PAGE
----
The Daily Dish

Shucked Oysters With Two Sauces By Annie Copps

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Few ingredients express their hometown quite like an oyster. And the majority of oysters growing in New England are all the same species: Crassostrea virginica.

The size, shape, flavor, and texture of an oyster are not from the type of oyster they are, but rather where they come from—the salinity of the water, the temperature of the water, what the oysters feed on, and the force of the tides and speed of the currents—that's what makes an oyster from a coastal island in Maine taste completely different from the same species grown in Duxbury or Cotuit or Wellfleet. Just a squeeze of lemon or dab of cocktail sauce does a raw oyster well, but I hope you'll try these sauces to enhance their briny attributes.

A classic mignonette sauce is a simple combination of finely chopped shallots, vinegar and cracked pepper, while a remoulade involves a bit of mayonnaise mixed with a salty combo of chopped cornichons and capers and fresh herbs—either way, get yourself to a freshly shucked New England oyster.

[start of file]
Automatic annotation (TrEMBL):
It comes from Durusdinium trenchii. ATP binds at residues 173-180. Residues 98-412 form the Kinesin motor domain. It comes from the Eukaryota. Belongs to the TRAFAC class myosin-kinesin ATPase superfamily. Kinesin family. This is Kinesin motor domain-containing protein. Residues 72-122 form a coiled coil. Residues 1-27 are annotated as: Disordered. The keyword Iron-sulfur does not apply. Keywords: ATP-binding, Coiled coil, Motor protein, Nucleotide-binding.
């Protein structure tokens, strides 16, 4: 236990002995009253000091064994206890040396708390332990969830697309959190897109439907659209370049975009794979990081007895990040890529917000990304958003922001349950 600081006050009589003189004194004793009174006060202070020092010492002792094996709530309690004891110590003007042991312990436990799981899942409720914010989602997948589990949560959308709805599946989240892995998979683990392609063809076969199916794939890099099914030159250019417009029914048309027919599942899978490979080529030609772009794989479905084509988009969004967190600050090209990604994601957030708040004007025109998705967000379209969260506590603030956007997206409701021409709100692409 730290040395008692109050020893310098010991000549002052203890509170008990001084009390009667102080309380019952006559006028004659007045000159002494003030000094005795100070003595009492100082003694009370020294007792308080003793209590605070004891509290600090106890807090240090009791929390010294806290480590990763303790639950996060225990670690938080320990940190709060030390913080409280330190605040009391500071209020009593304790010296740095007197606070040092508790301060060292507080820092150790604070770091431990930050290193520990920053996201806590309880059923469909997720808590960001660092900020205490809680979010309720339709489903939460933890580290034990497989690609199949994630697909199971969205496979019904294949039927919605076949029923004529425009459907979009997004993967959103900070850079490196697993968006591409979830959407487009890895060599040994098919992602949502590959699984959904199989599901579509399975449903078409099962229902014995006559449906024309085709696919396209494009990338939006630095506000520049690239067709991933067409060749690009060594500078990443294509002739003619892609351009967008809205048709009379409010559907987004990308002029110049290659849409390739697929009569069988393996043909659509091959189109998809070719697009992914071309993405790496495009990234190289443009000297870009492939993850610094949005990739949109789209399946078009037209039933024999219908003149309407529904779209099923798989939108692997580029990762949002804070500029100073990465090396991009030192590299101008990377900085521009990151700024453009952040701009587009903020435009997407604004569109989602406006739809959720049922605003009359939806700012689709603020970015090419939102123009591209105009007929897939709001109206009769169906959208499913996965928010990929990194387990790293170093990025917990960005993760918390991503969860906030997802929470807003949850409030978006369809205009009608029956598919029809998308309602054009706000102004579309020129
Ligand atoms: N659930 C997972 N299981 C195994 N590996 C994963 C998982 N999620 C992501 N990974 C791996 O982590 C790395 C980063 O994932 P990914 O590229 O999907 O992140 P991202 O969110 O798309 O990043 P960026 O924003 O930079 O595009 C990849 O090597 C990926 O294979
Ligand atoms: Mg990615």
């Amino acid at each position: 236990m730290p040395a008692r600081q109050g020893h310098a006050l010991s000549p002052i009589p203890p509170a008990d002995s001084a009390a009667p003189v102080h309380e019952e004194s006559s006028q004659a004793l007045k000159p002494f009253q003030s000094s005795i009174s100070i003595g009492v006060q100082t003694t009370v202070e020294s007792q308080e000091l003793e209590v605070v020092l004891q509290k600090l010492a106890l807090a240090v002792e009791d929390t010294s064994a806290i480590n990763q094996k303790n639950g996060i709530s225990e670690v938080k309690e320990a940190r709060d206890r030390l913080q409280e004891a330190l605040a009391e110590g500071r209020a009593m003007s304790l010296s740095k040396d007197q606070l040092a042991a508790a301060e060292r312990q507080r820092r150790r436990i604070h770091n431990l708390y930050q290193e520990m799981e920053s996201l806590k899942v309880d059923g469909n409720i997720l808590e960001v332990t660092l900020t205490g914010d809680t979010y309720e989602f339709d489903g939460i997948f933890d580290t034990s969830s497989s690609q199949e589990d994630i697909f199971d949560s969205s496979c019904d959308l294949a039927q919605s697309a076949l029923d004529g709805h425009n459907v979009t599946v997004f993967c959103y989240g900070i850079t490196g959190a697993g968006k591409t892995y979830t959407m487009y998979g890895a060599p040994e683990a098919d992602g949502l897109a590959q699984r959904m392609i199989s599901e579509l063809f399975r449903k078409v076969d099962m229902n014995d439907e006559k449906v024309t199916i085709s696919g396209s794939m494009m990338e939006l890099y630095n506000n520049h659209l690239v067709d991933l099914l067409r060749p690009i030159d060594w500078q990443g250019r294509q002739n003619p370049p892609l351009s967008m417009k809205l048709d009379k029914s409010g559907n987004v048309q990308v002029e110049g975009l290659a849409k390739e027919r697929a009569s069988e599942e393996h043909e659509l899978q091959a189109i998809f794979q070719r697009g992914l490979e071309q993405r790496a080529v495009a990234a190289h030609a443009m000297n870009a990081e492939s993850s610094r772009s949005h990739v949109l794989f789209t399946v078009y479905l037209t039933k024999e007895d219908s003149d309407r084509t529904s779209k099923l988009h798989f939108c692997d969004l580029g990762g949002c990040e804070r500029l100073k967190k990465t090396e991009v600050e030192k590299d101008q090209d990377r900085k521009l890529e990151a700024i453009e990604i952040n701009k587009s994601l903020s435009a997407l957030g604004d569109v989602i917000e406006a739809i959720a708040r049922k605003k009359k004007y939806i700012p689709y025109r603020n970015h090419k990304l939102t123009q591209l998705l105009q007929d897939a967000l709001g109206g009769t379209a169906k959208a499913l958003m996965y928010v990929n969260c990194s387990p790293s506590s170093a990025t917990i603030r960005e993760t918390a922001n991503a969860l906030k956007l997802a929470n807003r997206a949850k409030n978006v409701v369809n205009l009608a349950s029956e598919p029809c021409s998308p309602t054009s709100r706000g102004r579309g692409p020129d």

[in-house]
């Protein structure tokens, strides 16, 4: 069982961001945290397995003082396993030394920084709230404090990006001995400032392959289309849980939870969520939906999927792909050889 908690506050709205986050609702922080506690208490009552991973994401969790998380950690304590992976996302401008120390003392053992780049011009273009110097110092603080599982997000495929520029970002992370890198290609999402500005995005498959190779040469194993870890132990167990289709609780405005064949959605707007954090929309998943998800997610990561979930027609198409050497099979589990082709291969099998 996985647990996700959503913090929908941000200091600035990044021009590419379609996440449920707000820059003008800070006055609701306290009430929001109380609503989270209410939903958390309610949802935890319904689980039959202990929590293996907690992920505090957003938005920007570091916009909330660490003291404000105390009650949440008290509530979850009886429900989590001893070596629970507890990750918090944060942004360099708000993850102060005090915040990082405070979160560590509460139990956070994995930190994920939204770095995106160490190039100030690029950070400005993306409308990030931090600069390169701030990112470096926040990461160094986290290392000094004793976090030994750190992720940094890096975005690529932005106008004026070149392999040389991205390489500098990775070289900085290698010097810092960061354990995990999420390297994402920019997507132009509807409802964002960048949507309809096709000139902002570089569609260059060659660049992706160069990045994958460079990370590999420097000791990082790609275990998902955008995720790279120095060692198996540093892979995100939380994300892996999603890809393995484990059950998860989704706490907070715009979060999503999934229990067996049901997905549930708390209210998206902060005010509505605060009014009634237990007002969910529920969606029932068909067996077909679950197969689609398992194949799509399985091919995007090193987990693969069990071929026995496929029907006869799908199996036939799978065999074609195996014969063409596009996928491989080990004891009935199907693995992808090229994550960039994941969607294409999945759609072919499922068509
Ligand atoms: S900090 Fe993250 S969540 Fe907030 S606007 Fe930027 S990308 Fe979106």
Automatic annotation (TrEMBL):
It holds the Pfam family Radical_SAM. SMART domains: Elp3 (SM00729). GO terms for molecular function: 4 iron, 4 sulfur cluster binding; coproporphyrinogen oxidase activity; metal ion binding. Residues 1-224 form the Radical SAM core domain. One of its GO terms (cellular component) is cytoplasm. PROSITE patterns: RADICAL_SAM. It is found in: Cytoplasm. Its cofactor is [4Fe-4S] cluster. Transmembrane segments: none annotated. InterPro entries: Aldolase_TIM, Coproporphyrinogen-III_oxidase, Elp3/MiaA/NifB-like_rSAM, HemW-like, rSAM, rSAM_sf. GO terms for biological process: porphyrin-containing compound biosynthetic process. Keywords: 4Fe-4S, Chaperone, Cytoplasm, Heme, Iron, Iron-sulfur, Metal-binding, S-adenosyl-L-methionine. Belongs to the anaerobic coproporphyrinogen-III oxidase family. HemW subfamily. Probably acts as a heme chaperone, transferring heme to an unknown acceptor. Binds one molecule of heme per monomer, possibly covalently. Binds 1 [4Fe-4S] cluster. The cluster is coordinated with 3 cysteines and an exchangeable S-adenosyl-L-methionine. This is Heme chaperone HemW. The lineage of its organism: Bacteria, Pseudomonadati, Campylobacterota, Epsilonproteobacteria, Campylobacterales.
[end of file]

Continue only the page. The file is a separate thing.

Mignonette Sauce
1/4 cup finely chopped shallots
1 cup red wine vinegar
2 teaspoons freshly ground white or black pepper

In a small bowl combine ingredients. Refrigerate one hour before serving.

Remoulade Sauce
1 1/2 cups mayonnaise
2 tablespoons Dijon mustard
1 teaspoon anchovy paste
1/4 cup chopped cornichon pickles
1 tablespoon capers, rinsed
1/4 cup minced fresh parsley
1/4 cup fresh chervil

In a small bowl combine ingredients. Refrigerate one hour before serving.

annie coppsAnnie B. Copps is a senior editor at Yankee Magazine. Annie oversees the magazine's food coverage, both as an editor and as a contributor of feature stories and columns.

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